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Re: Energy tariffs

#4 Postby Alan H » October 18th, 2012, 7:55 pm

Dave B wrote:Wasn't there a similar tariff system for rail tickets once - you needed a kind tickets seller to make sure you had the cheapest option - can't remember, did they sort that out? If they did does that bode well for this?
I don't remember that, but at least in the days of BR things were a good bit simpler.

The providers are now hinting that this may mean an averaging out of tariffs/deals so some will end up paying more. I will admit that I have found it impossible to work out, or get those trying to sell be energy to work out, how to be sure of getting a better deal on shifting.
Undoubtedly. If they are going to make the same profits, those currently getting the lowest rates will have to pay more so that those on the higher rates pay less. Apparently, the plethora of tariffs is called 'purposeful price confusion' - an apt description, where we're given the illusion of choice. But of course, there must surely be savings from not having to maintain so many different tariffs - this saving will be passed on to the customer, of course...
Alan Henness

There are three fundamental questions for anyone advocating Brexit:

1. What, precisely, are the significant and tangible benefits of leaving the EU?
2. What damage to the UK and its citizens is an acceptable price to pay for those benefits?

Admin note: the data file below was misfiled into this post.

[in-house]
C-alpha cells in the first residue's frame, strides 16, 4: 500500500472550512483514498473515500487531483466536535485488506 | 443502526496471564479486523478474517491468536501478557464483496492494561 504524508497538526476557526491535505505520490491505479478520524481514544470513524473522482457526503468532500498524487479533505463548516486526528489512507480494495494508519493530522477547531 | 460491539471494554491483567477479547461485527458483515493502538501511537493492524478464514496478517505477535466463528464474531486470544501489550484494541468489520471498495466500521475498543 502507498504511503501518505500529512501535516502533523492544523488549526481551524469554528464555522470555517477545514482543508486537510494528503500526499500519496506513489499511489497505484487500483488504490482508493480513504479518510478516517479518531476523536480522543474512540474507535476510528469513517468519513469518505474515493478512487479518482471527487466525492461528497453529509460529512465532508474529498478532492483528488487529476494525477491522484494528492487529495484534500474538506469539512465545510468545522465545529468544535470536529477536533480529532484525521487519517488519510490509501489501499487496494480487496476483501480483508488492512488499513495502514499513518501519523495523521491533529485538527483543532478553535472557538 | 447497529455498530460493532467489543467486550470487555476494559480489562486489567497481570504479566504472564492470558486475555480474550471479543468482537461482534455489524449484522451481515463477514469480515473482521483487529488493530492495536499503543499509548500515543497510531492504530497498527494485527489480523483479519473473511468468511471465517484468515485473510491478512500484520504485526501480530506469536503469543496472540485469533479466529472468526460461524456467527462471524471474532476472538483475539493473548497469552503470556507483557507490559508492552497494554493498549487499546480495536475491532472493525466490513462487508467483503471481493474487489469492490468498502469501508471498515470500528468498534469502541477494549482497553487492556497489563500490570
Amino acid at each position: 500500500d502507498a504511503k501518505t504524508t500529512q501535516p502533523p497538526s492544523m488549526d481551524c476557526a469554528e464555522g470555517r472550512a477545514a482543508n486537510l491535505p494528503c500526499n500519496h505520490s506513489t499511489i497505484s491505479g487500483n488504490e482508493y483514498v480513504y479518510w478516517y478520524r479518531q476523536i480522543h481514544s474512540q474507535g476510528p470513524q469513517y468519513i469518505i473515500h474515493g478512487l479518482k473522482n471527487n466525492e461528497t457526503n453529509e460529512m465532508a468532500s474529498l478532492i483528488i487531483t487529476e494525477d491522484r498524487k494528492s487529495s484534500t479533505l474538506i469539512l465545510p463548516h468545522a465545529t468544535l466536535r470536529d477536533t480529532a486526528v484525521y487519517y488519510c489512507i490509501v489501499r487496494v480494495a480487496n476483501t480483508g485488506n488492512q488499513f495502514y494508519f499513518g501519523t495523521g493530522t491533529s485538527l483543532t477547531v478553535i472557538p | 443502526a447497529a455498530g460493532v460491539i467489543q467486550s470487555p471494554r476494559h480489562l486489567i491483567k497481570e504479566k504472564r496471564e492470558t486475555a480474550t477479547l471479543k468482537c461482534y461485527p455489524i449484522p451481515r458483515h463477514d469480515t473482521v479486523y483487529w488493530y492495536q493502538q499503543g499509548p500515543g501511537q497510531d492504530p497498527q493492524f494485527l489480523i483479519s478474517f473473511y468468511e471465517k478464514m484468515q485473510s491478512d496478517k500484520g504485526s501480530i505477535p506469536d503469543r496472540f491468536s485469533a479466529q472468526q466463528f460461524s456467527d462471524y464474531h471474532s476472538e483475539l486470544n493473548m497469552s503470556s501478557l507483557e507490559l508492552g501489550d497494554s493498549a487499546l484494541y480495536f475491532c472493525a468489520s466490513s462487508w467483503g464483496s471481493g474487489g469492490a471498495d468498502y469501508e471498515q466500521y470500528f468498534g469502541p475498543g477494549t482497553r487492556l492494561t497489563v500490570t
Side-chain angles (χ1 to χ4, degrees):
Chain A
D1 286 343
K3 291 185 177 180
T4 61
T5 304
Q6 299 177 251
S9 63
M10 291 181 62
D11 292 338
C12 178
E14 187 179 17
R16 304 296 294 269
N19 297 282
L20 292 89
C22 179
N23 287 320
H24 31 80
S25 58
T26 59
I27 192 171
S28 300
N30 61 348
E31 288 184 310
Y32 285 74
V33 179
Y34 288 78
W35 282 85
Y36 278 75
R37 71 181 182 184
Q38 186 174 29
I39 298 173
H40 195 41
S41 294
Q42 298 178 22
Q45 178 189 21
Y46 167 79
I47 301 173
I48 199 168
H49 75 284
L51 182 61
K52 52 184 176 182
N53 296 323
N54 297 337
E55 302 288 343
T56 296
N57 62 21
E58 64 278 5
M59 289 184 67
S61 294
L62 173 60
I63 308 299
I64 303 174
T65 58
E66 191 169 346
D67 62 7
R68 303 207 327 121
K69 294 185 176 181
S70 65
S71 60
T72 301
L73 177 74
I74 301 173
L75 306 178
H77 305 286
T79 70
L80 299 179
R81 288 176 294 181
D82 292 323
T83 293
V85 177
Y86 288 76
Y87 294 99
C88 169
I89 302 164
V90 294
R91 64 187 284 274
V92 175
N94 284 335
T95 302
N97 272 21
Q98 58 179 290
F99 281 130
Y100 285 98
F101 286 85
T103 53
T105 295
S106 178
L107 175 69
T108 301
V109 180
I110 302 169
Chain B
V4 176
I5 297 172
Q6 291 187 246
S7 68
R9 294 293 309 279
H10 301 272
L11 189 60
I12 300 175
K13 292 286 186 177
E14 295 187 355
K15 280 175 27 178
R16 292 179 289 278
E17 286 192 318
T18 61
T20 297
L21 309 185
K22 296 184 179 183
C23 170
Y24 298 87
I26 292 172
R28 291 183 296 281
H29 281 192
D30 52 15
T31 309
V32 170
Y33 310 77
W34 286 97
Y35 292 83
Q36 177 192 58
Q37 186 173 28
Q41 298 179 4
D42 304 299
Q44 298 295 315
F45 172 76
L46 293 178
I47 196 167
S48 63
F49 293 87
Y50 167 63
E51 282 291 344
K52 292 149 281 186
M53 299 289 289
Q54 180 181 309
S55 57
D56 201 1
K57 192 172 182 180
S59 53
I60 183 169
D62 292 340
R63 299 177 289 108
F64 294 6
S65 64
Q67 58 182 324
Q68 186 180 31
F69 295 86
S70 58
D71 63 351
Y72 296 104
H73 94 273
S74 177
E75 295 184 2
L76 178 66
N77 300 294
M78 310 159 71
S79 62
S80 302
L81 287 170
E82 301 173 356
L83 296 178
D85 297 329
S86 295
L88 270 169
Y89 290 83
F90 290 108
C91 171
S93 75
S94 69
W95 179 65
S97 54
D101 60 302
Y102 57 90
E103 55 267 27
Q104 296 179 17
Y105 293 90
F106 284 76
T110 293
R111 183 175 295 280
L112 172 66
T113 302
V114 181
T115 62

3. Which ruling of the ECJ is most persuasive of the need to leave its jurisdiction?

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Fia
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Re: Energy tariffs

#5 Postby Fia » October 18th, 2012, 8:08 pm

I have neither the time nor the inclination to fart about finding who is the cheapest - easy for me to say heating home and hot water with wood right enough smug

Alan H wrote:at least in the days of BR things were a good bit simpler.
Quite. Does a Scotrail train go faster than a Virgin? :)

My youngest might have the right of it: when hearing Dave on the radio she said "He's just made that up hasn't he?"

We discussed there are many things we'd rather not have "choice" about. Electricity and gas from one supplier isn't more efficient than another is it? Water doesn't have magical properties because it's piped to us by private companies? (And why can't we just have one blooming mobile network that's joined up and works everywhere? Even everywhere within a 200 mile radius would do me...)